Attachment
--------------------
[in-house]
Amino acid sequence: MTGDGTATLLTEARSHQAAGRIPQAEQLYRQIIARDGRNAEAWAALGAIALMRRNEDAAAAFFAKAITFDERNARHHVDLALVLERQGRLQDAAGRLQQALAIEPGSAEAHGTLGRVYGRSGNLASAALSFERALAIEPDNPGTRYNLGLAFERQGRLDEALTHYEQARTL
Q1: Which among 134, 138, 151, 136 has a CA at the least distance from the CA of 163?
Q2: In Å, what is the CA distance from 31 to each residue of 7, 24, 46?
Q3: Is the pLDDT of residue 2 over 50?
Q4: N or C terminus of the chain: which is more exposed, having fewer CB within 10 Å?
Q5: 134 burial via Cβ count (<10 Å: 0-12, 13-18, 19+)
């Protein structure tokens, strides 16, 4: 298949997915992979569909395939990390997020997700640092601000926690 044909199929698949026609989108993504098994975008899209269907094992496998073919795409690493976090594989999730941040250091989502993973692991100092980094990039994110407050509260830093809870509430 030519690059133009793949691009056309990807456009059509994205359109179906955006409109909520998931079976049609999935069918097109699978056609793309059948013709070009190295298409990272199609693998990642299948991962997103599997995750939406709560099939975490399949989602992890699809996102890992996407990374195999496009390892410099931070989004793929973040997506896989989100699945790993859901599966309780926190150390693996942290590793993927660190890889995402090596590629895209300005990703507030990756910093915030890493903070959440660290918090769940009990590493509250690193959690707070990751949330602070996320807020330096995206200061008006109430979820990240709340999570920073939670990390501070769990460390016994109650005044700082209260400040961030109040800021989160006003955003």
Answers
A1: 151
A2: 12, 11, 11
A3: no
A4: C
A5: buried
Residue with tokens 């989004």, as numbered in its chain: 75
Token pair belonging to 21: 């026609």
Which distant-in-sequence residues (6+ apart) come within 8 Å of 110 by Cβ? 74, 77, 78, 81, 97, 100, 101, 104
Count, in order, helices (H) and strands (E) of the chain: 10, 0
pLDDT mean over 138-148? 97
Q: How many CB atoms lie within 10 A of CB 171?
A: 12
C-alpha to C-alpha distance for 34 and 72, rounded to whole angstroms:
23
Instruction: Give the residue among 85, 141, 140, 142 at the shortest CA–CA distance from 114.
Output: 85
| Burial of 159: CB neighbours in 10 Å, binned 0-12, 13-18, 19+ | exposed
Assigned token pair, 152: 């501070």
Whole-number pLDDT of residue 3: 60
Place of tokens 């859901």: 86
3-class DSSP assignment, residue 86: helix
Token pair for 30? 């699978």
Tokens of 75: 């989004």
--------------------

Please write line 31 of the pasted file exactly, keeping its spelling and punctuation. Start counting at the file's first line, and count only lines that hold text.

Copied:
Token pair for 30? 């699978």